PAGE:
Effects of different forms of prostate specific antigen on prostate cancer cell invasion / by Andrew Philip Cumming
Cumming, Andrew Philip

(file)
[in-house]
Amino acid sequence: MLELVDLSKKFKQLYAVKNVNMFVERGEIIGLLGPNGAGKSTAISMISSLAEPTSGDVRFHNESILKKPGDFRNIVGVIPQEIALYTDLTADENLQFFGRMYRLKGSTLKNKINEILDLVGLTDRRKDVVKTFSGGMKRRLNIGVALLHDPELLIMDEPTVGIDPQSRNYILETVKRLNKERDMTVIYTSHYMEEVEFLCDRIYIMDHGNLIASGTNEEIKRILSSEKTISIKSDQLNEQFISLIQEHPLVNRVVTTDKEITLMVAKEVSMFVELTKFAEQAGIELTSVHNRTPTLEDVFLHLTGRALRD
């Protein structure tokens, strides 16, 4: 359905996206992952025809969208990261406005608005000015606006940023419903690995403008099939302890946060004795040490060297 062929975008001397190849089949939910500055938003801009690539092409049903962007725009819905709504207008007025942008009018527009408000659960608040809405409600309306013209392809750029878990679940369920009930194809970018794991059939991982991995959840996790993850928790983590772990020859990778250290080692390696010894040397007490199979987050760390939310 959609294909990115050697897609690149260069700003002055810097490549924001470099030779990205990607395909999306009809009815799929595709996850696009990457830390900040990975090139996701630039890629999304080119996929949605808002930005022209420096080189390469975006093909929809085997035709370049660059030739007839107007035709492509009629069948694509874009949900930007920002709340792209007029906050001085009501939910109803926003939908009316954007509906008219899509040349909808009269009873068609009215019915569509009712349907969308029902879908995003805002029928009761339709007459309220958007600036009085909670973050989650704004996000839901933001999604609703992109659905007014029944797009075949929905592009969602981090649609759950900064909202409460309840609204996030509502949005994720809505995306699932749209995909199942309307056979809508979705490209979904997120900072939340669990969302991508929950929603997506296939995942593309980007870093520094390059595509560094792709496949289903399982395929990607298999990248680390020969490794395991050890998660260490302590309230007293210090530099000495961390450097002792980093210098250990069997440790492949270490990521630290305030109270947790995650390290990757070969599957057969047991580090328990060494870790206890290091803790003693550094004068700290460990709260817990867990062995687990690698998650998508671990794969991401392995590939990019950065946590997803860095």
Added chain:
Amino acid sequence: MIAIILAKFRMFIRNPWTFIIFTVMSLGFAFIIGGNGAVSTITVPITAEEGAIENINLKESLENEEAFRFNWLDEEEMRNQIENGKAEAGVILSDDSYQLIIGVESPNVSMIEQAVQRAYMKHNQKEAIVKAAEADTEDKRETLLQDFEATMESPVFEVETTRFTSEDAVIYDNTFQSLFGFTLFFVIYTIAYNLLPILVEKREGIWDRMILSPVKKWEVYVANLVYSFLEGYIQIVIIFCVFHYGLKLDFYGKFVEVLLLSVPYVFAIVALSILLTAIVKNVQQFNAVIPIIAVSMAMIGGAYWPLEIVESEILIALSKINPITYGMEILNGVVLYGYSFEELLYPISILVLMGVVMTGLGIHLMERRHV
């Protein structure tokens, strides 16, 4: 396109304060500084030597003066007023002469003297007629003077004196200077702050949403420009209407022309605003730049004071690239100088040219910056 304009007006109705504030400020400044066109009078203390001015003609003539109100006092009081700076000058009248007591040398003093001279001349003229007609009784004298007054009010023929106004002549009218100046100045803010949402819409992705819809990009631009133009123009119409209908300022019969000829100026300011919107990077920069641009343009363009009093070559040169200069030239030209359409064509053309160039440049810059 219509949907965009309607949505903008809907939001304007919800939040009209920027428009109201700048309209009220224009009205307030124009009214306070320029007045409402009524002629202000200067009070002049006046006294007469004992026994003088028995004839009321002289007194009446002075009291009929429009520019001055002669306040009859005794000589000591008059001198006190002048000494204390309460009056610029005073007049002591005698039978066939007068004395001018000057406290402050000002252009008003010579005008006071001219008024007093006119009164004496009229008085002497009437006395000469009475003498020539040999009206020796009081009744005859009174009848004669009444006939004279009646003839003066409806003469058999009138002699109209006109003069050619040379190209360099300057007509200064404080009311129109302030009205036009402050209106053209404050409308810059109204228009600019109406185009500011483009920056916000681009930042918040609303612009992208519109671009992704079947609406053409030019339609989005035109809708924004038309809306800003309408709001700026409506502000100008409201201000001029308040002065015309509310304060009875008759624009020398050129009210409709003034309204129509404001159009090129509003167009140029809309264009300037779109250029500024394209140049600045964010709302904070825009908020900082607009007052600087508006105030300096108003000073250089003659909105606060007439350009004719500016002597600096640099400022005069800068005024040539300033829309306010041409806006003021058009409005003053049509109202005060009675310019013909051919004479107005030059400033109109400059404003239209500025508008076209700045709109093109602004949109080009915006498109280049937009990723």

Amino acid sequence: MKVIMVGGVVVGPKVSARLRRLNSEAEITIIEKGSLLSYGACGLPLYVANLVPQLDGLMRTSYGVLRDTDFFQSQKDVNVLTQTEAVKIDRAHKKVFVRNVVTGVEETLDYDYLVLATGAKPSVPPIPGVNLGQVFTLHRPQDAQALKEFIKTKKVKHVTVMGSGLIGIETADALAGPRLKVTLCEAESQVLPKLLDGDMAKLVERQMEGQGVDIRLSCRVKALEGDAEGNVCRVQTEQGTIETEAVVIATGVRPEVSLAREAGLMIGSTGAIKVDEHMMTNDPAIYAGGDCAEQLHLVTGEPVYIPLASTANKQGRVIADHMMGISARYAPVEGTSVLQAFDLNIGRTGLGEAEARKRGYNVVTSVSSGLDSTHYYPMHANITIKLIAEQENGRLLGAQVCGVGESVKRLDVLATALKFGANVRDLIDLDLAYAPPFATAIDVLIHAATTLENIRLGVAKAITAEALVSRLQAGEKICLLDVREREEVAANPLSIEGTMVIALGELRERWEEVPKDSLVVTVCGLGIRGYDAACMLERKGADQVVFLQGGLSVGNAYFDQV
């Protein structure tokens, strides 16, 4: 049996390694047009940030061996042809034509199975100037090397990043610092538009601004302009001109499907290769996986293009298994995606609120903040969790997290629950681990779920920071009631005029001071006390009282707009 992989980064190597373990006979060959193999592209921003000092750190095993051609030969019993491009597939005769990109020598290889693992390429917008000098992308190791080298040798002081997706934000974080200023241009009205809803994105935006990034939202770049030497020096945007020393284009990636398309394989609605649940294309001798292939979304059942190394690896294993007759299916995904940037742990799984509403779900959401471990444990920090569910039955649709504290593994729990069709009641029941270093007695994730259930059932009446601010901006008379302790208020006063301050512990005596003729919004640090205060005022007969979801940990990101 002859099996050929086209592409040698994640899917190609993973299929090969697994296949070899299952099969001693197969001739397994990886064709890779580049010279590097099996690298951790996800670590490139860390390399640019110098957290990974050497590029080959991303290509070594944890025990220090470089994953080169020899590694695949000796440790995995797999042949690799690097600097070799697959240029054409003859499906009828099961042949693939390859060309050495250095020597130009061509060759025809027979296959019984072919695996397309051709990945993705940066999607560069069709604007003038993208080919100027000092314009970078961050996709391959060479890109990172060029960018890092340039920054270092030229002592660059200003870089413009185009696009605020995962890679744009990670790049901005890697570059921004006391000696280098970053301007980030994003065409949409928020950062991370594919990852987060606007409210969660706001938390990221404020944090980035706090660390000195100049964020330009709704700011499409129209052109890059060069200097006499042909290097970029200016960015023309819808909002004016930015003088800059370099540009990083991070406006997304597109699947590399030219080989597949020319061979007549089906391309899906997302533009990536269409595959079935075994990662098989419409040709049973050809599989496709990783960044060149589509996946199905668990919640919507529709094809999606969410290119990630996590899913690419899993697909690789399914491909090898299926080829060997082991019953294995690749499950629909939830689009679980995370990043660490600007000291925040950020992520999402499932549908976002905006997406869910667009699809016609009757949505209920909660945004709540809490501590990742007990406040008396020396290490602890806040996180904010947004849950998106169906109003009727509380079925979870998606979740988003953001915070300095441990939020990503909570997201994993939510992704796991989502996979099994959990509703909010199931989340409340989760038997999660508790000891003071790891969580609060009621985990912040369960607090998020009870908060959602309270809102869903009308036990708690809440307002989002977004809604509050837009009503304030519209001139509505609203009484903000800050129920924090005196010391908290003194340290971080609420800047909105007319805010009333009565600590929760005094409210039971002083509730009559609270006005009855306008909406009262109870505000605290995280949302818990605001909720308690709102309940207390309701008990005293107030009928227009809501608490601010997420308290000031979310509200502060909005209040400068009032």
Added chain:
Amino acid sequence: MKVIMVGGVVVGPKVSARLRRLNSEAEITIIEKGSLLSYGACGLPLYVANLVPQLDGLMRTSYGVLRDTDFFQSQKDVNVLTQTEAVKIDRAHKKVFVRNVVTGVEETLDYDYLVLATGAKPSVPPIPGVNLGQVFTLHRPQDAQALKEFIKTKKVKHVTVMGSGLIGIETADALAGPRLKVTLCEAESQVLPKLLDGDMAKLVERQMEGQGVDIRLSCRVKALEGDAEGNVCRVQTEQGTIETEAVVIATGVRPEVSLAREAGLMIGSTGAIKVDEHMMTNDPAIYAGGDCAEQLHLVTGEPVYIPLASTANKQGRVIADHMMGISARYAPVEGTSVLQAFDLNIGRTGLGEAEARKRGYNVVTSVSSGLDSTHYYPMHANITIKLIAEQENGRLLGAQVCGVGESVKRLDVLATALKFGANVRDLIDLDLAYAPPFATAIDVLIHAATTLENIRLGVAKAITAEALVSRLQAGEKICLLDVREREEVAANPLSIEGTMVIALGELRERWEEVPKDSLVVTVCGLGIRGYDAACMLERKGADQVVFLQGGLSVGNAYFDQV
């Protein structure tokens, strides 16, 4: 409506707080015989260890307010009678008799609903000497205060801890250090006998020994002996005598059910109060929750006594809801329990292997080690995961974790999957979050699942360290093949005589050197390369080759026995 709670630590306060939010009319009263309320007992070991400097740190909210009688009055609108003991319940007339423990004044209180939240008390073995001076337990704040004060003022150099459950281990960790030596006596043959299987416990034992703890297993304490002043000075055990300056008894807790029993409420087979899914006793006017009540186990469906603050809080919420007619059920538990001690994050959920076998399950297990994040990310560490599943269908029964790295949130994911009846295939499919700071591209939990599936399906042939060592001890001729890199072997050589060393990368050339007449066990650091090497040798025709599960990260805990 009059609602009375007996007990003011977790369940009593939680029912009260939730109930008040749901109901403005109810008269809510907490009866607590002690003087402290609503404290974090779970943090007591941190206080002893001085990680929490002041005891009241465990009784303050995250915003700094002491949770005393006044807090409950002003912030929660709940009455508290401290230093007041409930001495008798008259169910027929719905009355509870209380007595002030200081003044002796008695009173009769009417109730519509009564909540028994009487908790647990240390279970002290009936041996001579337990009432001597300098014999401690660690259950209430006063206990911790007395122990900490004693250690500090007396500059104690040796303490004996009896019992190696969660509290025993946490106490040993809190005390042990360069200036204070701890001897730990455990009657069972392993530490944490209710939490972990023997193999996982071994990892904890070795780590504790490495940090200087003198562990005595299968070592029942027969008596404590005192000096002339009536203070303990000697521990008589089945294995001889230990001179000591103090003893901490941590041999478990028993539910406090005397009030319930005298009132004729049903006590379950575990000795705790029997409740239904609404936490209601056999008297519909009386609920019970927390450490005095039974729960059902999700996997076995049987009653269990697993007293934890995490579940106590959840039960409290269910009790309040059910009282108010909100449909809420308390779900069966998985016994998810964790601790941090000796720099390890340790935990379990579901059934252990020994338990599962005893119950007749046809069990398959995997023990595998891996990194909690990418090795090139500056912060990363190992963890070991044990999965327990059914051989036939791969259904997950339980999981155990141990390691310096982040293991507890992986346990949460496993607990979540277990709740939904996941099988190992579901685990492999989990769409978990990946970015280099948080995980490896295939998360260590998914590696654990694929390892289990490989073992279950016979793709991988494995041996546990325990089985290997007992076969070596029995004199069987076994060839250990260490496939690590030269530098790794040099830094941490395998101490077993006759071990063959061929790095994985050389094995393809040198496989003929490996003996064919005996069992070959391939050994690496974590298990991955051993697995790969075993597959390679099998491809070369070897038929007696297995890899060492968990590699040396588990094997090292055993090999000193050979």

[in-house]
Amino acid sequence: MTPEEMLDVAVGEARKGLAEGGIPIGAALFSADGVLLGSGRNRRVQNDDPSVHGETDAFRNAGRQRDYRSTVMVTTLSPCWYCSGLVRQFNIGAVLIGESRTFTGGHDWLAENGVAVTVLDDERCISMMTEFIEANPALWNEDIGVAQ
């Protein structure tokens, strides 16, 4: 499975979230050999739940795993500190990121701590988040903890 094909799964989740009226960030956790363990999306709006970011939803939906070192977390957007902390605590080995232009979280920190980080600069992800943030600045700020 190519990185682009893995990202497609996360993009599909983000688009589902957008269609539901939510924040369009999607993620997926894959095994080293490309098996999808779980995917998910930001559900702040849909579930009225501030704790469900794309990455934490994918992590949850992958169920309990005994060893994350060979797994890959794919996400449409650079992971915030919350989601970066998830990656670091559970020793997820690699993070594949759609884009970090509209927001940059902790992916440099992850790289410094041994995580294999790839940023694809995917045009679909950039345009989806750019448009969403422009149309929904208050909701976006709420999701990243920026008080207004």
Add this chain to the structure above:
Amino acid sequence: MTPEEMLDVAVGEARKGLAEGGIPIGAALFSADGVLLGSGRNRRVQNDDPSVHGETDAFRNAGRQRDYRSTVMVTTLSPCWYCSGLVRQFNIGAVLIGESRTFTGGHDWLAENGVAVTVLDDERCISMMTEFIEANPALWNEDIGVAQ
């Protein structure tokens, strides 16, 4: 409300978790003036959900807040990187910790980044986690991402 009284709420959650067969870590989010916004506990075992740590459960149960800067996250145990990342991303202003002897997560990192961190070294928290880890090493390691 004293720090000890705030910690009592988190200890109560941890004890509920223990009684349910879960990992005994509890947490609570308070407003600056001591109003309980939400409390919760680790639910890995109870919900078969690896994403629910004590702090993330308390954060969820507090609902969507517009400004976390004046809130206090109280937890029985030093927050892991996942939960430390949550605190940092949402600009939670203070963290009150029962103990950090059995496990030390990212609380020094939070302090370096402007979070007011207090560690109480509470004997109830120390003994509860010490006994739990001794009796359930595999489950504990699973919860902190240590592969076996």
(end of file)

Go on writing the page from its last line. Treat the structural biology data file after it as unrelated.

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"Prostate cancer (PCa) is one of the most common cancers in males around the world. Prostate-specific antigen (PSA) is a serine protease that is secreted at high levels by prostate epithelial cells and most prostate cancer cells. It is thought that this enzyme is involved in prostate cancer cell invasion. This study aimed to test the effects of enzymatically active PSA and inactive forms of PSA on prostate cancer cell invasion. PSA is transcribed with a 17 amino acid secretory "pre" sequence and a 7 amino acid latency-conferring "pro" sequence. A deletion mutant lacking the "pro" region of the full-length preproPSA gene was used to create the prePSA gene, in the hopes that enzymatically active PSA would be formed upon cleavage of the "pre" sequence. Full length preproPSA cDNA and prePSA cDNA were each inserted into plasmids that allowed for inducible expression of the PSA genes under the control of the insect hormone derivative, ponasterone A (PonA). DU-145 subclones were created with the ability to inducibly produce preproPSA (DU-pERV3 C3 ppPSA) and prePSA (DU-pERV3 C3 prePSA).